Bostonnanny said...

When we were that age and my brothers or I tried to do something like that my mother would hit us. She never baby proof a damn thing. baby proofing was the back of her hand. And guess what we may have tried it once but never ever did it again. Our mother was firm and we knew our boundaries with her.
My charge now tries to escape and get into things he's not suppose to but he knows better then to do it with me. I say no and he knows it means no. I have never hit him but I have always been firm on the boundaries. His parents are not strict and wonder why he is always whining and climbing everything with them.
With me their is no whining and he will be reprimanded each time he miss behaves until he learns not to do it anymore.
I did the same thing with a family I babysit for and when the parents asked their daughter why she is good with me, said "Jess, says no fussing allowed because it won't get us what we want". And I am the only sitter they would ever leave all 3 children with alone. They are so surprised that the children love me and listen to everything I say.

nycmom said...


There actually ARE implantable chips, lol! They are called VeriChip or Digital Angel. I haven't read up in a while, but I think they were designed for animal identification and medical applications. Though can of course be used for tracking and other things.

They also have GPS trackable family cell phone plans. I know ATT has a plan. I fully intend to get it when my kids have cell phones in a couple of years!

As far as babyproofing, I'm actually not a big fan. I do do basics like put dangerous chemicals and medications up high, and locks on doors. But I don't believe in safety proofing the whole living space. I find it ends up being safer for us to teach kids what they can and can't do. Not than baby proofing parents don't do that, I guess I just found baby proofing gave me false security and made me lazy.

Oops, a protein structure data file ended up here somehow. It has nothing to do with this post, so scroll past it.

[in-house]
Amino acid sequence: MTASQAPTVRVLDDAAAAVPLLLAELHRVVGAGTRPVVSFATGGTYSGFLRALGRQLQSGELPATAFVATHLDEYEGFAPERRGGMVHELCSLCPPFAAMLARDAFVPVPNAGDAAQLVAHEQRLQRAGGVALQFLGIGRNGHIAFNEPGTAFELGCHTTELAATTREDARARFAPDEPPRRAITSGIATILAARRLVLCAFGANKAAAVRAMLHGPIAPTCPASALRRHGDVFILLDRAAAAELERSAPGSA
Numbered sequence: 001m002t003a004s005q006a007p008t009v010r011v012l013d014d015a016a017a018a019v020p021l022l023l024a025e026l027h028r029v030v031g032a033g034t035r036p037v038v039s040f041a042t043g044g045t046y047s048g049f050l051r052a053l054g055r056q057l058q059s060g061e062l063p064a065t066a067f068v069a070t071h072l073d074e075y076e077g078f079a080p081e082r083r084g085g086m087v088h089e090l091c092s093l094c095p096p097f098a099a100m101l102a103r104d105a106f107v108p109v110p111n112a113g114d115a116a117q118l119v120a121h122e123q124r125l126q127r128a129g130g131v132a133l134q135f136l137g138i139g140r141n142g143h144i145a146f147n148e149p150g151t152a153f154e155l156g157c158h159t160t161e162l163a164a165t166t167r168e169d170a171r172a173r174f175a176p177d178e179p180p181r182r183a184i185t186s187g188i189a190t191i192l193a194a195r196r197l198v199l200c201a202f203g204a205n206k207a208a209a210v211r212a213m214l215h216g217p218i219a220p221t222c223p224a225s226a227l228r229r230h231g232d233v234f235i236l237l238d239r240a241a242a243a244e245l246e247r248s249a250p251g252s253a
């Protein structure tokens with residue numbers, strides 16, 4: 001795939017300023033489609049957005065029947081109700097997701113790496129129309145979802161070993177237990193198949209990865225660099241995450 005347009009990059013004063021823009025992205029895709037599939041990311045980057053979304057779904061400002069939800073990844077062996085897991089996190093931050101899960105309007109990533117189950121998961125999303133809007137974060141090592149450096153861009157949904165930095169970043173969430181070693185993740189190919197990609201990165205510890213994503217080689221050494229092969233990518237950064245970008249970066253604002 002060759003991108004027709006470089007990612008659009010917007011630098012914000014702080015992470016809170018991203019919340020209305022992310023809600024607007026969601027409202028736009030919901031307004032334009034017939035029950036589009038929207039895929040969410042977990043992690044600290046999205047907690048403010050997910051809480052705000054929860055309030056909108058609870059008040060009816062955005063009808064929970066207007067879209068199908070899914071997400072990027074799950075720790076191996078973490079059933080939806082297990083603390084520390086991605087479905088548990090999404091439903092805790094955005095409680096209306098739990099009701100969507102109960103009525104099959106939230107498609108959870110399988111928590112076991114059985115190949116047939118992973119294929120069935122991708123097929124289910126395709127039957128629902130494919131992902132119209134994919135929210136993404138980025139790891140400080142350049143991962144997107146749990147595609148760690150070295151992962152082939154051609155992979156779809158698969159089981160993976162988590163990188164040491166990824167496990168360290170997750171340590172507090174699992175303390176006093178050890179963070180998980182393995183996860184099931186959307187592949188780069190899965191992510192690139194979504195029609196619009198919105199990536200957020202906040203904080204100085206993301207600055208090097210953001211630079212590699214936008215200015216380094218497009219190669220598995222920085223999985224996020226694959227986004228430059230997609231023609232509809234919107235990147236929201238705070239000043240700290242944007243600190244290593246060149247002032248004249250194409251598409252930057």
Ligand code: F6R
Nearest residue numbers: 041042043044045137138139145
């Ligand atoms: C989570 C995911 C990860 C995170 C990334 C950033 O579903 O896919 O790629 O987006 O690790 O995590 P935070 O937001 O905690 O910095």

slb3334 said...

I have a problem with locking the child in his room. 2 major reasons. 1 what if there is a fire? You think in a panic you're going to remember to unlock it? Also, how does he go to the bathroom.

slb3334 said...
This comment has been removed by the author.
alex said...

oh my goodness!! Talk about scary! Thankfully the worst thing my 3 yr old charge does is open the door and maybe go on the steps but by that time I have already caught him! I love the fruit out the window thing though, brilliant way to get it across to them!

Greta said...

NYC mom, I couldn't agree more! I think basic baby proofing is a good thing, i.e. outlet covers, medications, and chemicals out of reach. But you are right, it makes people lazy and puts off the task of teaching children right and wrong, dangerous, not dangerous. What ever happend to teaching limits? I feel our society is could care less.